Did you know that only 22% of men and 38% of women learn best by reading? The rest learn best through images, auditory, and hands-on experiences. So why do so many people choose to read a book when they want to learn a new subject? Self-education is great, but you need to make sure you’re teaching yourself in the way you learn best (and that might not be through a book). Here are three methods that might help you the next time you want to teach yourself something new.
I’ve found that one of the best ways I learn something new is through fun quizzes and games I’ve found online. And I know I’m not the only one. One of my good friends had to learn most of the countries of the world for a class when she was in college. While learning these countries, she decided if she was going through all this trouble, she might as well learn all of them. She taught herself through a variety of quizzes, taking at least one every day until she felt comfortable with her knowledge. It’s been nearly three years since then, and she can still list every sovereign country in the world, along with most of the capitals.
You can do the same. All you need to do is find a few quizzes and then regularly test your knowledge. Then, expand upon that knowledge until you’ve learned what you want to know—and you feel comfortable with your ability and speed in recalling that new information. The faster you can recall it, the longer it will stay with you.
Don’t forget to expand your vocabulary while you’re educating yourself. Learning new words doesn’t have to be a daunting task. If you have a smart phone, download the dictionary.com app, and then put a widget on one of your pages to easily see the word of the day. Keep track of the definition and usage, and then see if you can incorporate the word into your conversations throughout the day. Words like scabrous and mickle might be easy to insert into your conversations, whereas serotinal and maugre might be a little more difficult. The more you use the words correctly, the better your brain will remember them, and then your vocabulary can continually be expanding.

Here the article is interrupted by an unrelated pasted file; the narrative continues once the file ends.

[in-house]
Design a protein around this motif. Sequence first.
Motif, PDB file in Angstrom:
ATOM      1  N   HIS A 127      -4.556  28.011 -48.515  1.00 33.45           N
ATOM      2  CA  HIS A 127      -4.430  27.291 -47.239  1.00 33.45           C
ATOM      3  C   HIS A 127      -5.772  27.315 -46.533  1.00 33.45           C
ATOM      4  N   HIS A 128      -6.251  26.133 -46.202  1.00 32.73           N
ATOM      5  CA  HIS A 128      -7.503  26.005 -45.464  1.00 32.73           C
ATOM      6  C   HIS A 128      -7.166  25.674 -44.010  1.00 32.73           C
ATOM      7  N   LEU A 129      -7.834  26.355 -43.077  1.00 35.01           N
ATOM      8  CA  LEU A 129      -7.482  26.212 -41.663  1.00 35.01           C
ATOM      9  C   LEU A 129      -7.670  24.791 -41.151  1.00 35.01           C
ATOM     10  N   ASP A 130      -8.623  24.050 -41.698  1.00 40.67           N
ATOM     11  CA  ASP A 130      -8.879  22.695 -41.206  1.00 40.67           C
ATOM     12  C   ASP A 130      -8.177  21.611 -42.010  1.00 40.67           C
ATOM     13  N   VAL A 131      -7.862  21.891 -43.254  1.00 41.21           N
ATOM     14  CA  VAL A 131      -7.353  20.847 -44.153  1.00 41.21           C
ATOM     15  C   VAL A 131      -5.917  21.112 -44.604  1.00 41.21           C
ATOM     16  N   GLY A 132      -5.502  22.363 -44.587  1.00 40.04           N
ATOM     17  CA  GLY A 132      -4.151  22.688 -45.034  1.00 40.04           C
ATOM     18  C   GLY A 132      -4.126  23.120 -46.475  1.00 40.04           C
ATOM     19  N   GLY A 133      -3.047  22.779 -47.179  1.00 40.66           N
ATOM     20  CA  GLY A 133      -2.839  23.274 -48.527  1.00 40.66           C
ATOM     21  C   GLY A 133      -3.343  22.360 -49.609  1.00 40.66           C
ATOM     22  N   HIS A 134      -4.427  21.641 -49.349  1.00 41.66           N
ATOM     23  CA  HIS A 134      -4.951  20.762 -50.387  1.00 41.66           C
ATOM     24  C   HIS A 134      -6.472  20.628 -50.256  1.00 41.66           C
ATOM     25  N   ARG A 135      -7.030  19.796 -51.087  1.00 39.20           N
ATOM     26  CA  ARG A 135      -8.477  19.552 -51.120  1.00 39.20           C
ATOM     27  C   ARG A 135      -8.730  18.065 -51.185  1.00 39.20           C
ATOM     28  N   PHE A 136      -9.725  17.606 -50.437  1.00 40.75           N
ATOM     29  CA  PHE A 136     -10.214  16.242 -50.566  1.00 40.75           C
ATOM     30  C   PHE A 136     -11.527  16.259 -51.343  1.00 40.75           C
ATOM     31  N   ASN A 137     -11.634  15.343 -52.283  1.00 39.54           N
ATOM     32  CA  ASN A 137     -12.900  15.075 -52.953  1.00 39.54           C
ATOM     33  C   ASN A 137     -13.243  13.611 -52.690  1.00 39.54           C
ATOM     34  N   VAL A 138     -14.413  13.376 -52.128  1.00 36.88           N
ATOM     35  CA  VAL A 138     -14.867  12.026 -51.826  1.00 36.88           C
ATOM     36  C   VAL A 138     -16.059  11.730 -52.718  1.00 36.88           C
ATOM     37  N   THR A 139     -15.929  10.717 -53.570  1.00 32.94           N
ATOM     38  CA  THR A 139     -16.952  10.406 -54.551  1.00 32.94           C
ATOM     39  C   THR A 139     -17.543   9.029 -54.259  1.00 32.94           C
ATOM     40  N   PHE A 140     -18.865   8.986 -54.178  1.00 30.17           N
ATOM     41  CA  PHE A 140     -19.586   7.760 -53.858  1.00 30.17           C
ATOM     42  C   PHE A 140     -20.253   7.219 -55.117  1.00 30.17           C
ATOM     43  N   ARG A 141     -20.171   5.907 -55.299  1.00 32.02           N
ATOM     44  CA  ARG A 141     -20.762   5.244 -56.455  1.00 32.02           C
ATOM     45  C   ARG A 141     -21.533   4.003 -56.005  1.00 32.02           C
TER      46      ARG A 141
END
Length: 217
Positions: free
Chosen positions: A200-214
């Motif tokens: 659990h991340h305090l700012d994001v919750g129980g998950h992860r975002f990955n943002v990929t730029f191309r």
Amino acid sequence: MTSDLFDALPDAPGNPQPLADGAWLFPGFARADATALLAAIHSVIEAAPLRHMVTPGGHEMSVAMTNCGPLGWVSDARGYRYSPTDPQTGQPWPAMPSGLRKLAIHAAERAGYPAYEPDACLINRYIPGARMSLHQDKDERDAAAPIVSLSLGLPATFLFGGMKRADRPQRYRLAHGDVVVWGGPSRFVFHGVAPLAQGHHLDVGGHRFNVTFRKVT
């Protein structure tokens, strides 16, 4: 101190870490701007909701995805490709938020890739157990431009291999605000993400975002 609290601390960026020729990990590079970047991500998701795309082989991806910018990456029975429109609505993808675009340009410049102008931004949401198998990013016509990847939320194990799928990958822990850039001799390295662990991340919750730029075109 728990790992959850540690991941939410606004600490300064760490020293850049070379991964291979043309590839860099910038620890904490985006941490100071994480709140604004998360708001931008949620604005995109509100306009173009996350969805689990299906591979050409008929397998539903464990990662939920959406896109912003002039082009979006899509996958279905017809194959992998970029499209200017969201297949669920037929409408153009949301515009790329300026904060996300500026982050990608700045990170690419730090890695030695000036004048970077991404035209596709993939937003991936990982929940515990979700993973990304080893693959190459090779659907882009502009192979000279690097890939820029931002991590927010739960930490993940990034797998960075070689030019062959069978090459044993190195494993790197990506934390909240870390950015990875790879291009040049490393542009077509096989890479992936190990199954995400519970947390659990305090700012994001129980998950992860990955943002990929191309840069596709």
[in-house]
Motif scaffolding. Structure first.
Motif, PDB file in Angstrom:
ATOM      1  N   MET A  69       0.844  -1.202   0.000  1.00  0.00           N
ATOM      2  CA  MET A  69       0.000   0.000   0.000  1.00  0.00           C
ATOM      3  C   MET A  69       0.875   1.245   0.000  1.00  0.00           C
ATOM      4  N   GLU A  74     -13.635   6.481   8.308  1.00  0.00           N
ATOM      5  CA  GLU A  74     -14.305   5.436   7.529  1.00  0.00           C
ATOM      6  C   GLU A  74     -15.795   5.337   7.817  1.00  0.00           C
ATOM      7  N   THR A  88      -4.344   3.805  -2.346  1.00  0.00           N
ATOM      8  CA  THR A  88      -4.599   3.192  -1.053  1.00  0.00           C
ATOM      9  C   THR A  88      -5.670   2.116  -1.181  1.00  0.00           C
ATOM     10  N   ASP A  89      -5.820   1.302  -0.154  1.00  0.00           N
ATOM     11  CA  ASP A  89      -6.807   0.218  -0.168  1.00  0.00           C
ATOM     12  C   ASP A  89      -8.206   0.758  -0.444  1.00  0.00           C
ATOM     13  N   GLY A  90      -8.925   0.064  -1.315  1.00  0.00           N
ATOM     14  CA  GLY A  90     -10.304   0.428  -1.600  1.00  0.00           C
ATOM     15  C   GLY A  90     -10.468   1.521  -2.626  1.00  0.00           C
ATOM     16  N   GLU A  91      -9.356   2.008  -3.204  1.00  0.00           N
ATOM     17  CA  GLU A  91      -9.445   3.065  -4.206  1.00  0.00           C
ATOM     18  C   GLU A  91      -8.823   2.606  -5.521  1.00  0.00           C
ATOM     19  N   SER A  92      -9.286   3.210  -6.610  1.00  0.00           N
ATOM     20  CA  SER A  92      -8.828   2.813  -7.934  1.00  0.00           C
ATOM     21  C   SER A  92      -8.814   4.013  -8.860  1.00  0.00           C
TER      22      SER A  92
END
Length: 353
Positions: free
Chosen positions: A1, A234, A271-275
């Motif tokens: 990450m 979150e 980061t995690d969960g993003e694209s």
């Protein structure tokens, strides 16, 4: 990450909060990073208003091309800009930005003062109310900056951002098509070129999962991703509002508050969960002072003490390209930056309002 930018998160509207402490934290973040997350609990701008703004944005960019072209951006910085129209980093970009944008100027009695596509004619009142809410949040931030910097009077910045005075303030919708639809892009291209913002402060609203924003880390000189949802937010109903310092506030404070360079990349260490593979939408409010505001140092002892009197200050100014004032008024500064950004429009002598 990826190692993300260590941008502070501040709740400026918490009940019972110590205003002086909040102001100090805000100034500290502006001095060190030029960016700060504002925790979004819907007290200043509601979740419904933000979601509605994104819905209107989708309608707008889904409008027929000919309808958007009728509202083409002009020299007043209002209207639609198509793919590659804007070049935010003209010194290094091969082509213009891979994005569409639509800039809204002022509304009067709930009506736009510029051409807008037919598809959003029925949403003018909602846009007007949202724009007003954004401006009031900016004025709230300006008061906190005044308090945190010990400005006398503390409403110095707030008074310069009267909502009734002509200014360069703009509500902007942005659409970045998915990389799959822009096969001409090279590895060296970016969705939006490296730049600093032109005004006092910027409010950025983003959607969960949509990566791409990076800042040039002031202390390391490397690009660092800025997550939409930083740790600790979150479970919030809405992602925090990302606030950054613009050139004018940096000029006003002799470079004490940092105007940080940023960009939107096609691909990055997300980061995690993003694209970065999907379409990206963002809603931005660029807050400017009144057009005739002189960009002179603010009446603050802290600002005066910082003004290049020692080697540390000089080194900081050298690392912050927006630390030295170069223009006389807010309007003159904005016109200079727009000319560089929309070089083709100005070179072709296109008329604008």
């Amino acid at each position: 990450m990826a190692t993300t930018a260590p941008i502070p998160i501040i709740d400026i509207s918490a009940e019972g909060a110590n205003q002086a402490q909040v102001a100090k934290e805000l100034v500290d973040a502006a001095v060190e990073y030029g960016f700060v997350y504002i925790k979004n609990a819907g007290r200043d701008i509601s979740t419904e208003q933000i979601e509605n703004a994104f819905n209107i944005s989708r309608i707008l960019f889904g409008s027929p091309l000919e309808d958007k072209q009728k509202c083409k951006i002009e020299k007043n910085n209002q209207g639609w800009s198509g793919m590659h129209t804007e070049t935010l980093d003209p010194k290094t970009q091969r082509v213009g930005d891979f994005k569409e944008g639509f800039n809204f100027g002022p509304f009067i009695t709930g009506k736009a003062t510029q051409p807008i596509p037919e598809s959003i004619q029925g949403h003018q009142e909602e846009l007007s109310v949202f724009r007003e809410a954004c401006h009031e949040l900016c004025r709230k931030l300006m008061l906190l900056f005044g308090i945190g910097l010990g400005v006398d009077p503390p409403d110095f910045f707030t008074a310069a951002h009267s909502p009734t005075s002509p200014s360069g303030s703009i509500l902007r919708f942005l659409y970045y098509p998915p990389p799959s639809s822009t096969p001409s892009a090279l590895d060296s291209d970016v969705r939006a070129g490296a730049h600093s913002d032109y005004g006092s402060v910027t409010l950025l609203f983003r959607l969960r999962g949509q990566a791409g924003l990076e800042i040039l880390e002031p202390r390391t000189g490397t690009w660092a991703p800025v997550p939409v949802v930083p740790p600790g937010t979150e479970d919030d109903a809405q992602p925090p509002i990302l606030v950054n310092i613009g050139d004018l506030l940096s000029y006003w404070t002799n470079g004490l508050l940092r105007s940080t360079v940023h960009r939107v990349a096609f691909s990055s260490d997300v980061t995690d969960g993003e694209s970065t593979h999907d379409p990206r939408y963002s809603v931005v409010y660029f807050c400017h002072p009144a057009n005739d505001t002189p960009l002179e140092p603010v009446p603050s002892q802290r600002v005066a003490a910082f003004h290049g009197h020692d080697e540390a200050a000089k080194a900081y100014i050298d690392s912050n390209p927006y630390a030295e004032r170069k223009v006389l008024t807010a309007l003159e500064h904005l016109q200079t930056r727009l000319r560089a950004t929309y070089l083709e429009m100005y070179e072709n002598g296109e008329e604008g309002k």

Regardless of what you are trying to teach yourself, constant practice is necessary. You might be learning how to draw or speak a new language. Maybe you’re teaching yourself the drums or the violin. Whatever it is, make sure you practice constantly. As the saying goes, practice makes perfect. Channel your determination and motivation into your practicing, and before long, you’ll see yourself improving noticeably.
When you’re teaching yourself a new subject, make sure you’re learning in the way that suits you best. Move past the words on the page, and make the knowledge stick by actively doing something about the topic you want to learn. Master your self-education.
Lucy Markham is an avid blogger and a part-time consultant for Art Beats. She readily admits she spends an inordinate amount of time on her computer, watching anything from funny YouTube videos (she’s a YouTube addict) to aerial footage (she’s also obsessed with flying). Off the computer, though, she recently purchased a house and considers herself a bit of an expert on all things home improvement, gardening, and home decoration.